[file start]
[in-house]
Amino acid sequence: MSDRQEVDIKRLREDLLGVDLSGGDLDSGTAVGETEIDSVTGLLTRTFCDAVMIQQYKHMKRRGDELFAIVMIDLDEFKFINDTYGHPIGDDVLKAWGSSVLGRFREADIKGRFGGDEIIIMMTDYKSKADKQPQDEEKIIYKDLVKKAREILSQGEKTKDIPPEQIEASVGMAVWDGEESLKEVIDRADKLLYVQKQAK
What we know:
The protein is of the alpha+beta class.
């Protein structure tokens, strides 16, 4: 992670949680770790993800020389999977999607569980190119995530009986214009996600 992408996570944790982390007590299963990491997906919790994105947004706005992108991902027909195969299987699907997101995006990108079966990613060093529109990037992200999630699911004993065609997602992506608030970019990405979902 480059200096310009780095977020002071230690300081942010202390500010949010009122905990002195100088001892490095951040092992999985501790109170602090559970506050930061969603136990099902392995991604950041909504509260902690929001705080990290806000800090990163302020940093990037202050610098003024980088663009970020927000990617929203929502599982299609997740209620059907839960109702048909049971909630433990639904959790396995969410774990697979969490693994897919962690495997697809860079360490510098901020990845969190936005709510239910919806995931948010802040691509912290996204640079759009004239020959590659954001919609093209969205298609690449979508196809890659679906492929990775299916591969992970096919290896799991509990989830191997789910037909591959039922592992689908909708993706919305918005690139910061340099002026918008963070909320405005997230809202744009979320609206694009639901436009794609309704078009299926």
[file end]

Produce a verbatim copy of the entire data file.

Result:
[in-house]
Amino acid sequence: MSDRQEVDIKRLREDLLGVDLSGGDLDSGTAVGETEIDSVTGLLTRTFCDAVMIQQYKHMKRRGDELFAIVMIDLDEFKFINDTYGHPIGDDVLKAWGSSVLGRFREADIKGRFGGDEIIIMMTDYKSKADKQPQDEEKIIYKDLVKKAREILSQGEKTKDIPPEQIEASVGMAVWDGEESLKEVIDRADKLLYVQKQAK
What we know:
The protein is of the alpha+beta class.
């Protein structure tokens, strides 16, 4: 992670949680770790993800020389999977999607569980190119995530009986214009996600 992408996570944790982390007590299963990491997906919790994105947004706005992108991902027909195969299987699907997101995006990108079966990613060093529109990037992200999630699911004993065609997602992506608030970019990405979902 480059200096310009780095977020002071230690300081942010202390500010949010009122905990002195100088001892490095951040092992999985501790109170602090559970506050930061969603136990099902392995991604950041909504509260902690929001705080990290806000800090990163302020940093990037202050610098003024980088663009970020927000990617929203929502599982299609997740209620059907839960109702048909049971909630433990639904959790396995969410774990697979969490693994897919962690495997697809860079360490510098901020990845969190936005709510239910919806995931948010802040691509912290996204640079759009004239020959590659954001919609093209969205298609690449979508196809890659679906492929990775299916591969992970096919290896799991509990989830191997789910037909591959039922592992689908909708993706919305918005690139910061340099002026918008963070909320405005997230809202744009979320609206694009639901436009794609309704078009299926």